And, in explaining the sets, Myhre perhaps shares more of the plot than he should: “And eventually, (at) the end of the sequence we take (Jack Sparrow) down to the London wharf, to the Captain’s Daughter pub. The reason he’s here in London is that he’s heard that Jack Sparrow is trying to crew a ship. But he’s Jack Sparrow, and he’s not in London. So who in the world is in London at The Captain’s Daughter down here, and trying to recruit a crew?”
Myhre walked us across Pinewood and inside one of the film’s more massive sets: the storeroom of The Captain’s Daughter, full of fight-ready ropes and rafters and stuntman-safe rubber barrels and such. Myhre waved his hands, excited by the filming he’d seen unfold in this space. “There is a huge fight sequence that takes place in here,” he said. “A huge, very, very pirate-y duel that takes place between Jack and ‘Jack.’ Because Jack comes in and ‘Jack’ is here. And Jack sees ‘Jack,’ and Jack fights ‘Jack.’ And so there’s a whole fight between Jacks.
“Then they realize that they need to fight together, because now the king’s soldiers have found out where they are, so we’ve not only had a fight that is on all the levels of here — fights on the fire pit, fights in the mezzanine, fights on top of the barrels — then 24 of the king’s soldiers come in to get back Jack, and they go after all of the Jacks in the room, and a huge fight takes place. We do something with spurting beer and ale from the barrels, used as a distraction. He’s slicing a lot of the barrels — you know, Johnny Depp just so inhabits this role of Jack, so that immediately when barrels are being sliced and there’s ale flying through the air, he’s holding one of the barrels up high and a little stream of wine goes into his mouth.” Myhre laughed: “Fantastic.”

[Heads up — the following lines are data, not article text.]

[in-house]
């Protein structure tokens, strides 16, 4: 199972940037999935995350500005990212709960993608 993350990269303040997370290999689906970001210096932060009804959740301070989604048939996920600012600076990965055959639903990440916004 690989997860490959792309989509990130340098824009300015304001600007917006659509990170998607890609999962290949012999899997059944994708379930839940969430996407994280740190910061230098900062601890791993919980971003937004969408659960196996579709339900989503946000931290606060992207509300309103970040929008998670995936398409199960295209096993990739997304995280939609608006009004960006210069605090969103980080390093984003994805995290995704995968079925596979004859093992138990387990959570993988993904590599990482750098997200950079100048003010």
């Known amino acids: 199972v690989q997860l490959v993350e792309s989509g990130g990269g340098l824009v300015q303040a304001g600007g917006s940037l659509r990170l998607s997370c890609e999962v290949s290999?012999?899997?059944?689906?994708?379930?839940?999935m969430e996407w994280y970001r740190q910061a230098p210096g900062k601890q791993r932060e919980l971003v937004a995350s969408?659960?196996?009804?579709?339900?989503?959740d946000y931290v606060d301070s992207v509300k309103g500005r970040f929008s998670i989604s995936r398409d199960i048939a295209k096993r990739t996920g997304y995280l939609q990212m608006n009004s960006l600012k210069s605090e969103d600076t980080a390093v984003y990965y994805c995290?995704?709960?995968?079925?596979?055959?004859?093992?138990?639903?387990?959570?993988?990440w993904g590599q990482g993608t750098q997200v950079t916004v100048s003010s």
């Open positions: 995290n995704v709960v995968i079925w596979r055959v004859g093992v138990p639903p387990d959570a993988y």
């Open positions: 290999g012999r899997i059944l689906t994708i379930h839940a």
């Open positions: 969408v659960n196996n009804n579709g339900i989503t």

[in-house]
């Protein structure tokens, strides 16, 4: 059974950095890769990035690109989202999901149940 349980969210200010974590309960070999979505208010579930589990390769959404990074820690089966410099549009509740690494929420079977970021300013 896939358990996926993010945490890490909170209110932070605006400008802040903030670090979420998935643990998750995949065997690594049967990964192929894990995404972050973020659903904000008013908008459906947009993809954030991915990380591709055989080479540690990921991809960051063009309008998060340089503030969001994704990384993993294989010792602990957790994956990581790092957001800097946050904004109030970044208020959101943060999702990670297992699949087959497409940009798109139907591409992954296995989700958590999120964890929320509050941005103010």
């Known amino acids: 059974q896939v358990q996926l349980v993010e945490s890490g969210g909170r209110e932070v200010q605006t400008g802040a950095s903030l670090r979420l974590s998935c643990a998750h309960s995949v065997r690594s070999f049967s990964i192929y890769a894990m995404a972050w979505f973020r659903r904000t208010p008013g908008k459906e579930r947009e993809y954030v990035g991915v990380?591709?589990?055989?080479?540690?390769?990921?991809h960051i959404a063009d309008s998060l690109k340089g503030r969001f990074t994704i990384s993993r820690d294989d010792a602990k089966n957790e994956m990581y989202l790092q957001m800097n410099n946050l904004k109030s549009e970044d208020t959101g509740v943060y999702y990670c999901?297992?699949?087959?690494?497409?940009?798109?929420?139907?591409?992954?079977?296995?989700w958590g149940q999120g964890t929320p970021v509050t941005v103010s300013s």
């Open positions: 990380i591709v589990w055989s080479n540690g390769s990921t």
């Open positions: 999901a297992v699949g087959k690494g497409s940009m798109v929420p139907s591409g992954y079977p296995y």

PARIS—With its wrong-man plot and stunning locations of Paris and Venice, The Tourist, starring Angeline Jolie and Johnny Depp , evokes a bygone age of Hollywood glamour and globetrotting peril. That, according to its stars, is no accident.
Jolie, who plays Elise, an Englishwoman with a secret, says the challenge was to capture the sparkle and grace of an old-fashioned suspense thriller without making the film feel like a museum piece.
“We watched To Catch a Thief,” she said in the five-star Hotel Meurice, a stone’s throw from the Seine. “And there were lots of other things we were supposed to watch. I became more aware of those periods. But at the same time, you want to watch those movies, but you don’t want to mimic. We wanted to make it modern, so I was nervous; I didn’t want to make it too precious.”
Jolie explained how the film’s old-world glamour and intrigue was a perfect antidote to some of her more athletic escapades on-screen of late, like the thriller Salt — and a nice chance to do a little sightseeing.
“Is it an action film? I actually did it because of the opposite, kind of. For me, it wasn’t action; maybe there’s action in it, but I didn’t get to participate as much,” she said.
“I had finished Salt, and Brad (Pitt) was to work next, and he had a small delay in his film. So we had a few months, and I questioned if there was anything out there that shot in a great location. Honestly, that was the phone call I made.”
Once Jolie came on board, director Florian Henckel von Donnersmarck — whose acclaimed debut, the East German surveillance drama The Lives of Others, is far removed from The Tourist’s gleaming beauty — was signed to direct and then Depp joined the project.
He plays an American math teacher on vacation who gets caught up Elise’s web of lies, deceit and danger as she charms him into following her as she is being tailed by Scotland Yard.